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What a shame: After four years of service my 3rd generation MacBook Pro broke last wednesday - obviously a well-known issue with the Nvidia GPU. Strangely enough, this really is easily to be fixed with your kitchen's baking oven...



The most painful experience in this situation was that I suddenly sat there without working computer around. More dramatically was the fact that my TimeMachine backup was from the evening before, so I had some real nightmares about having partially lost my essay I was writing at that time.
Well, for a fast (and final) fix, I just got myself one of these fancy new MacBook Pro modells, so I could just go on with my work.

Albeit having a new computer, I just wondered about possible reasons for my MacBook failure. While digging around I found that there was well-known issue with 3rd generation MacBook pro with Nvidia graphics adapter, wich was even officially aknowledged by Apple. Actually, Apple even offered free repair of such defective MacBook Pro within four years of purchase (according to their support article).

Defective MacBooks affected by this issue are typically considered having a "blank screen" or distorted video. In case of "blank screen", affected systems are still playing the "Mac chime" upon power-on and the CAPS-LOCK LED being lit when pressing the key. You could even boot the system and at least "hear" audible feedback to several keystrokes (e.g. the volume up/down keys, etc).

So that qualifies clearly for a MacBook Pro being affected by the Nvidia chip issue.

There's the problem, however: You need to prove your purchase. If you don't have an original receipt, Apple gently refuses to repair the broken MacBook Pro, as I was assured after talking to the helpline. Oh well ... out of warranty, no proof of purchase ... absolute failure! (BAD RANT at Apple for this!!!)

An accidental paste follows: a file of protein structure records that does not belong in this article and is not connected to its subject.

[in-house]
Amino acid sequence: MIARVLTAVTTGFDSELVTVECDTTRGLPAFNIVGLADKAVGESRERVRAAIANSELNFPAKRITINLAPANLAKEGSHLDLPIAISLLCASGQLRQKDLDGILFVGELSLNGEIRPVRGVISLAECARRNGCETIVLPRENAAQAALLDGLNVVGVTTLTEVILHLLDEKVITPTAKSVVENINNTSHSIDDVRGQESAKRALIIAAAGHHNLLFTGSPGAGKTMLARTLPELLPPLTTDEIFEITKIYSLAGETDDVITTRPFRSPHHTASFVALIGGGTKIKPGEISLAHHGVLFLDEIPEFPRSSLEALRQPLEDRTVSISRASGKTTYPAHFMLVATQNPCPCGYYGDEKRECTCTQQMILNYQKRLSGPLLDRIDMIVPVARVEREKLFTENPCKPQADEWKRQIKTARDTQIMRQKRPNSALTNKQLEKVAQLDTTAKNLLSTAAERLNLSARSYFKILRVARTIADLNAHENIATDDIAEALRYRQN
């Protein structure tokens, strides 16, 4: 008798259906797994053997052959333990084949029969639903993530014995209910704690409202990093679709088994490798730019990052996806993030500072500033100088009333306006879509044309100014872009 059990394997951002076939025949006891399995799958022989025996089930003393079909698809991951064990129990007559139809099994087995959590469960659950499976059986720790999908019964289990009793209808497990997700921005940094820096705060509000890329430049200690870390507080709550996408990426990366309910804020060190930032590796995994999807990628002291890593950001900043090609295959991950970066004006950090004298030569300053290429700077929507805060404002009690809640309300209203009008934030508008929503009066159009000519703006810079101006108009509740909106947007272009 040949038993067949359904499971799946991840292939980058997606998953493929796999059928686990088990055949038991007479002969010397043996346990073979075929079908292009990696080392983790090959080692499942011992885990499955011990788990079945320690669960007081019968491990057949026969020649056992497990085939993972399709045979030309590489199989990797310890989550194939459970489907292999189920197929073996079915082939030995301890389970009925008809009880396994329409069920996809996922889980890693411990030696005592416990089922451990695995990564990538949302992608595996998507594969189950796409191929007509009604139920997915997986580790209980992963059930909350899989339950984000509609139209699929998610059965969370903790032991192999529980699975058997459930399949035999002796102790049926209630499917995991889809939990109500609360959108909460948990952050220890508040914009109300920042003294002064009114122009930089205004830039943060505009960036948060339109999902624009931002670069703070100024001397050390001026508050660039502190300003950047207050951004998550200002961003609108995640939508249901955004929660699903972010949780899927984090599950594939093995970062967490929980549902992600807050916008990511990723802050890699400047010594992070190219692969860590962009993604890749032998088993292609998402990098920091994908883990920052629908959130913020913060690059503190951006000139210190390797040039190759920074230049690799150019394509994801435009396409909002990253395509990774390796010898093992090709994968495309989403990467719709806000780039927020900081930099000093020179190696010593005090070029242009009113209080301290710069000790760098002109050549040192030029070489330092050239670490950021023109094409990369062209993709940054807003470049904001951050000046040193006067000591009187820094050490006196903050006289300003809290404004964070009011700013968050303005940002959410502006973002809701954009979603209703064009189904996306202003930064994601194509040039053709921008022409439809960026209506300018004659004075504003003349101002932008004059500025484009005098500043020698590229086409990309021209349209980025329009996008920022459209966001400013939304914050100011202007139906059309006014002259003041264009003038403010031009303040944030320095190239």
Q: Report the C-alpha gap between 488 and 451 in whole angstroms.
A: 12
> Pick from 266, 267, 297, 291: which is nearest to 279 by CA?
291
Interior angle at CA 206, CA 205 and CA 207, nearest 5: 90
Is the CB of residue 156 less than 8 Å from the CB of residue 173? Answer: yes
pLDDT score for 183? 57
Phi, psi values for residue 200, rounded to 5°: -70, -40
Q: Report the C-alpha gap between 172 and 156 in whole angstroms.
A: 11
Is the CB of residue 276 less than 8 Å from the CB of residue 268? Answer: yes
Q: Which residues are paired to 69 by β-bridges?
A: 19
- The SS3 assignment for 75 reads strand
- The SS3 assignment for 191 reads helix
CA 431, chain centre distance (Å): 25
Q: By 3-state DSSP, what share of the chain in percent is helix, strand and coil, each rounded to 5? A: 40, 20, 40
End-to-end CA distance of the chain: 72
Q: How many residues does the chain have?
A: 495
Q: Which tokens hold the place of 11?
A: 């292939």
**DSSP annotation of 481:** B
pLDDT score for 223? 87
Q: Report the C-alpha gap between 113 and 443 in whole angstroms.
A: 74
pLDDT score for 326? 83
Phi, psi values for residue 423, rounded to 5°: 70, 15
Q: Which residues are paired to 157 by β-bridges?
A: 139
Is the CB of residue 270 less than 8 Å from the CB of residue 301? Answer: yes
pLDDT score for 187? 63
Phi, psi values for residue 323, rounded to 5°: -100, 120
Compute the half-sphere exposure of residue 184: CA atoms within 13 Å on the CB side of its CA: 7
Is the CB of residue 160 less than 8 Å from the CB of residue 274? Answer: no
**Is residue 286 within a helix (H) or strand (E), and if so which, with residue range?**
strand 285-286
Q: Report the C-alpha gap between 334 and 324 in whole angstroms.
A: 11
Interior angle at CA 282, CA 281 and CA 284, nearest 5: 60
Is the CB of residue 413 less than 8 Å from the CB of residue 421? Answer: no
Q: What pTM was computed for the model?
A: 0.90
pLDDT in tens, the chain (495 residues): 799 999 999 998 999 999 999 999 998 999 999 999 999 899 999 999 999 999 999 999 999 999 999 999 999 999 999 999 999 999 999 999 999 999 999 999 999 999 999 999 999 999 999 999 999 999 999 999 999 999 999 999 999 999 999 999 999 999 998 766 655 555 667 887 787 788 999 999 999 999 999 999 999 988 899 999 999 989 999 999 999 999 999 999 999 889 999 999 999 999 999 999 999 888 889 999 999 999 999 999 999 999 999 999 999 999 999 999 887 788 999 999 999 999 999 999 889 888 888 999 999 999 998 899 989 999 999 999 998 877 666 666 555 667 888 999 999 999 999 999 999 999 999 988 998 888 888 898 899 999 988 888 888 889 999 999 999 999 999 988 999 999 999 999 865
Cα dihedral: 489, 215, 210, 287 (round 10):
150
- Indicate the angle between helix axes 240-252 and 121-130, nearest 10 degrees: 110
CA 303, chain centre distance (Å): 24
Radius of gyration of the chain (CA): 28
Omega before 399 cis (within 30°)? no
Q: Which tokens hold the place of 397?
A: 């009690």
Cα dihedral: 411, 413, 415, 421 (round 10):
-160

Oh, well, so no fix for me as I don't have the prove of purchase. Baaah ...

To fix the MacBook, I would have needed to exchange the LogicBoard. These do cost however several hundred Swiss Francs, definitely way beyond what's worthwile to invest into a 4-year-old device.

During my research on the web I came along other sites covering this topic. Some of these sites did even propose fixing the LogicBoard by butting it into your oven and baking it for 5-10 mins at around 200°-220° (392 - 448 F). The idea behind this is simple: By exposing the board to heat in the oven, the reflow soldering assembling conditions are reproduced, which can eventually fix broken soldering points.

I found the best instructions on Philip May's blog (in german language).
Instruction to disassemble the MacBook Pro were found on ifixit.com.

So tonight I took on the challenge to put my MacBook into the oven ... ok, ok, just the plain LogicBoard ;-)
Below you'll find some pictures of the process. And guess what? It really worked. My "broken" 3rd gen is now up and running again.
That leaves me only to this question: I've bought a new one already, what would I do with the old one now? ;-)

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